The Trace Cache Branch Prediction Unit
Intel is very proud on the branch prediction unit that aids the execution trace cache. Its branch target buffer is 8 times as large as the one found in Pentium III and its new algorithm is supposed to be way better than AMD's latest G-share algorithm used in Thunderbird and Spitfire. Intel claims that this unit can eliminate 33% of the mispredictions of Pentium III.
One of the most well known features of the new Pentium 4 is its extremely long pipeline. While the pipeline of Pentium III has 10 stages and the one of Athlon 11, Pentium 4 has no less than 20 stages.
The reason for the longer pipeline is Intel's wish of Pentium 4 to deliver highest clock rates. The smaller or shorter each pipeline stage, the fewer transistors or 'gates' it needs and the faster it is able to run. However, there is also one big disadvantage to long pipelines. As soon as it turns out at the end of the pipeline that the software will branch to an address that was not predicted, the whole pipeline needs to be flushed and refilled. The longer the pipeline the more 'in-flight' instructions will be lost and the longer it takes until the pipeline is filled again.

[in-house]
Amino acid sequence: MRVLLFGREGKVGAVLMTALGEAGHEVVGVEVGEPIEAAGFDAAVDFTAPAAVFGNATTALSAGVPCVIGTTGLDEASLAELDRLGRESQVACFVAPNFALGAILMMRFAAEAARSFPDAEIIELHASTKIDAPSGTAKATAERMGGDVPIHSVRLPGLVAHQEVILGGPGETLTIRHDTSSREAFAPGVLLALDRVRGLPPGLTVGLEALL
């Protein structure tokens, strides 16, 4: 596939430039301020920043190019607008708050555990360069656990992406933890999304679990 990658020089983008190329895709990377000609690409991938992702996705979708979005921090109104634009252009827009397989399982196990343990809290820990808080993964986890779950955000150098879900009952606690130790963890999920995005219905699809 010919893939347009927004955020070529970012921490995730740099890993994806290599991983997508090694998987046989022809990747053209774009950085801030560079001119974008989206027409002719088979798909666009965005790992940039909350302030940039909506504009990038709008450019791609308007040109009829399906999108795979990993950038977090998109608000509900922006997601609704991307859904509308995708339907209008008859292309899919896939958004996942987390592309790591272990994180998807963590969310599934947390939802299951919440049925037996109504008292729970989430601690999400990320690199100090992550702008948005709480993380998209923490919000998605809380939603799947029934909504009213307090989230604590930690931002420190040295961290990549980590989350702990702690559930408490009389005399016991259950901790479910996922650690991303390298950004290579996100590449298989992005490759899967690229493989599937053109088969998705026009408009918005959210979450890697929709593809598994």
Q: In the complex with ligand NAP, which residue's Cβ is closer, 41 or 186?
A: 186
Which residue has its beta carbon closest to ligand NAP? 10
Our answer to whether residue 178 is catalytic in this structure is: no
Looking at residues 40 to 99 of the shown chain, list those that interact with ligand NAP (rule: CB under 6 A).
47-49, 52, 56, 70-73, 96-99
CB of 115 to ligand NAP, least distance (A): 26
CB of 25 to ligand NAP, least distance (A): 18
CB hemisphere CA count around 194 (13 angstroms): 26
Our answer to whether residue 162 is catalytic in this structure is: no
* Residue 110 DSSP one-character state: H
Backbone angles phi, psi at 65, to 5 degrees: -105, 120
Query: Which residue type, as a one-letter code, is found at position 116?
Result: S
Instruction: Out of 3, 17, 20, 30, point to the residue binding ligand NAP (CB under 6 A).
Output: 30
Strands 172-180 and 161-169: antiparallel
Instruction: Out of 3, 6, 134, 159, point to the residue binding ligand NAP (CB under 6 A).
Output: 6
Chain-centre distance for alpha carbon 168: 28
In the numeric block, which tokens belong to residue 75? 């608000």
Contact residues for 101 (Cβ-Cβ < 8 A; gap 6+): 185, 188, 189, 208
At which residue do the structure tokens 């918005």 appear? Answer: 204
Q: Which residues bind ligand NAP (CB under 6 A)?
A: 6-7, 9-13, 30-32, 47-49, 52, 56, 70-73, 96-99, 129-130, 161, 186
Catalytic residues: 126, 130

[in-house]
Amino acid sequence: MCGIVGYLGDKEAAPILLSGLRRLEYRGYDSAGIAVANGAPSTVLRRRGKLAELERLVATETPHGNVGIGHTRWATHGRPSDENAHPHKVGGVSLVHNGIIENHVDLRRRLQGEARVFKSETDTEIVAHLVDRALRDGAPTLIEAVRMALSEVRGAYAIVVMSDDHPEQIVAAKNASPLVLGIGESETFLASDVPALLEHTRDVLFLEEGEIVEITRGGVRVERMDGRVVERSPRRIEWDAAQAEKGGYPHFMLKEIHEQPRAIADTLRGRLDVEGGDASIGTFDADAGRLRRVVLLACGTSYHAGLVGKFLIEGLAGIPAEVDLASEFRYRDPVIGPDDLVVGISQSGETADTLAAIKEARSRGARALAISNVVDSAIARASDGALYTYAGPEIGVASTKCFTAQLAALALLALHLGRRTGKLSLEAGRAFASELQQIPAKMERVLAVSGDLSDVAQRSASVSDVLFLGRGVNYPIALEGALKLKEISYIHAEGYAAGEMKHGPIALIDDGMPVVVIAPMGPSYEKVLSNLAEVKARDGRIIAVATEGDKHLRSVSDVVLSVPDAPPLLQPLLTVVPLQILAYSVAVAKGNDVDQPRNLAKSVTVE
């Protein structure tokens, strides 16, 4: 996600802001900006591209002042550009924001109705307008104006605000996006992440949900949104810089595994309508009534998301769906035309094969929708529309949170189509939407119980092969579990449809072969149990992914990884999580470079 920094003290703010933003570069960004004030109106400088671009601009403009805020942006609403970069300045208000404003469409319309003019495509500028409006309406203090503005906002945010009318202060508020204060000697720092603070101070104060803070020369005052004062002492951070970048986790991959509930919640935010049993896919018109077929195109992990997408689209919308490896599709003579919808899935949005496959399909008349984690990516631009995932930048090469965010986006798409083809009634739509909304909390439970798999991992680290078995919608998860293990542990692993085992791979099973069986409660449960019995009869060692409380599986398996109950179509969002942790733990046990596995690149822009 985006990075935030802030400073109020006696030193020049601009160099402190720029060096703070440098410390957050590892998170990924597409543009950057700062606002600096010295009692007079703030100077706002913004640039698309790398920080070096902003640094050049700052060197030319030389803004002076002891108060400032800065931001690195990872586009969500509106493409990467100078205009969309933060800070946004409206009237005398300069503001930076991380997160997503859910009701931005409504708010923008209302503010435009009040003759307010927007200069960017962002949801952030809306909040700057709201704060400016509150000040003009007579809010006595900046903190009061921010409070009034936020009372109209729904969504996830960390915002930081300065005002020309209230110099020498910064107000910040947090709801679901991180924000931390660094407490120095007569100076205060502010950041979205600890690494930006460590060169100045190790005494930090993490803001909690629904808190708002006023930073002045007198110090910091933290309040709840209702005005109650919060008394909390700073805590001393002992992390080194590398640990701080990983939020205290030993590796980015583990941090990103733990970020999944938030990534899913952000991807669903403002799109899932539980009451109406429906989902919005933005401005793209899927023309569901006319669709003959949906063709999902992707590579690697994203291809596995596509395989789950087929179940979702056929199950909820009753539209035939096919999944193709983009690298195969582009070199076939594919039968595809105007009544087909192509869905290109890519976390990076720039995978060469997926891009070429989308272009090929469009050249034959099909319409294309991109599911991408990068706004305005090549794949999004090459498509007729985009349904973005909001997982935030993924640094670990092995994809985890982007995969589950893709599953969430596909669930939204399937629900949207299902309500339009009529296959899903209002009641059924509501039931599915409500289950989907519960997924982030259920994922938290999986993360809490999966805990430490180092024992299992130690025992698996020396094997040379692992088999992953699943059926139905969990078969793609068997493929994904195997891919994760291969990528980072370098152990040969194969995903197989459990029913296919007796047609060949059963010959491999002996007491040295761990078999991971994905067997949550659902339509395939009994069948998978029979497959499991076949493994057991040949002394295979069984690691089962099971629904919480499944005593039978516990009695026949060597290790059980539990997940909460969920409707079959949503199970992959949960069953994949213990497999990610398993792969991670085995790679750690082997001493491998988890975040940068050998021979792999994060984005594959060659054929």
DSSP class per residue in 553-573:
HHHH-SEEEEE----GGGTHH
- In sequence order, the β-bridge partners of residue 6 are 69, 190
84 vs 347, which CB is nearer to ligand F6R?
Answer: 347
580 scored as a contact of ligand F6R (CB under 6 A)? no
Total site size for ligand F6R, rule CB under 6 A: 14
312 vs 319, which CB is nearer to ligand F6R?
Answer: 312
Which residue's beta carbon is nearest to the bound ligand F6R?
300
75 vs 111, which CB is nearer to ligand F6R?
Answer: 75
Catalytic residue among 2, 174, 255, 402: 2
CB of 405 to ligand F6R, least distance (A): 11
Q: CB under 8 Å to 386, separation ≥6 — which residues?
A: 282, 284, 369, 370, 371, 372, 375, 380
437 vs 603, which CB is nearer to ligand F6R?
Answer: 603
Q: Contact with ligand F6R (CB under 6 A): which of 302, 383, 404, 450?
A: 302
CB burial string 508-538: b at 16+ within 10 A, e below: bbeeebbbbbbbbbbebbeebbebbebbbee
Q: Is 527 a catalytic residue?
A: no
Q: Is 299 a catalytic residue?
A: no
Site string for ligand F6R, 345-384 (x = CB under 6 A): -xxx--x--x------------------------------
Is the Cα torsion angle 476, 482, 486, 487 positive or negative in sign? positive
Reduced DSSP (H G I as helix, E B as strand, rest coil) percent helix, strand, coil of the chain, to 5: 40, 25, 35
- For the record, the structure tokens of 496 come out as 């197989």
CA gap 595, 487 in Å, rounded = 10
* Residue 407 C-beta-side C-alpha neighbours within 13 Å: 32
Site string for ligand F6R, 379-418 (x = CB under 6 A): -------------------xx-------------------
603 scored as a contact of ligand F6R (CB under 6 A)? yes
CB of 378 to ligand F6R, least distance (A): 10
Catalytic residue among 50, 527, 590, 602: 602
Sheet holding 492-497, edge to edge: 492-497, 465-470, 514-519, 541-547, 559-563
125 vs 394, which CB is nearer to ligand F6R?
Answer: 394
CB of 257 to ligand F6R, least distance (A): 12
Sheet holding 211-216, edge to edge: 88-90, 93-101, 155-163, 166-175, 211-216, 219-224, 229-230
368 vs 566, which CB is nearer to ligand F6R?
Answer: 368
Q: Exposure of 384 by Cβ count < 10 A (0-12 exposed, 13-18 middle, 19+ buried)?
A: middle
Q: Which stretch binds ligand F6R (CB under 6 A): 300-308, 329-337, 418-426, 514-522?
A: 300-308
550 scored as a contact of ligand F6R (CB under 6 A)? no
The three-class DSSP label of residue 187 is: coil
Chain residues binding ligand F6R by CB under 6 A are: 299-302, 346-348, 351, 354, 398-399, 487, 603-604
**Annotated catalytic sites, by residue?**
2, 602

Intel is proud to announce that the Pentium 4 pipeline can keep up to 126 instructions 'in-flight', amongst them up to 48 load and 24 store operations. The improved trace cache branch prediction unit described above is supposed to ensure that flushes of this long pipeline are only rare occasions.
The stuff that happens in the trace cache, as mentioned above, only represents the first five stages of the pipeline of Pentium 4. What follows is
- Allocate resources
- Register renaming
- Write into the µOP queue
- Write into the schedulers and compute dependencies
- Dispatch µOPs to their execution units
- Read register file (to ensure that the correct ones of the 128 all-purpose register files are used as the register(s) for the actual instruction)
After that comes the actual execution of the µOP, which I will discuss more detailed in the next paragraph. Of the above-mentioned previous stages the schedulers as well as the register file read are the most interesting. I have still decided against discussing them in detail to keep this article from becoming my next book.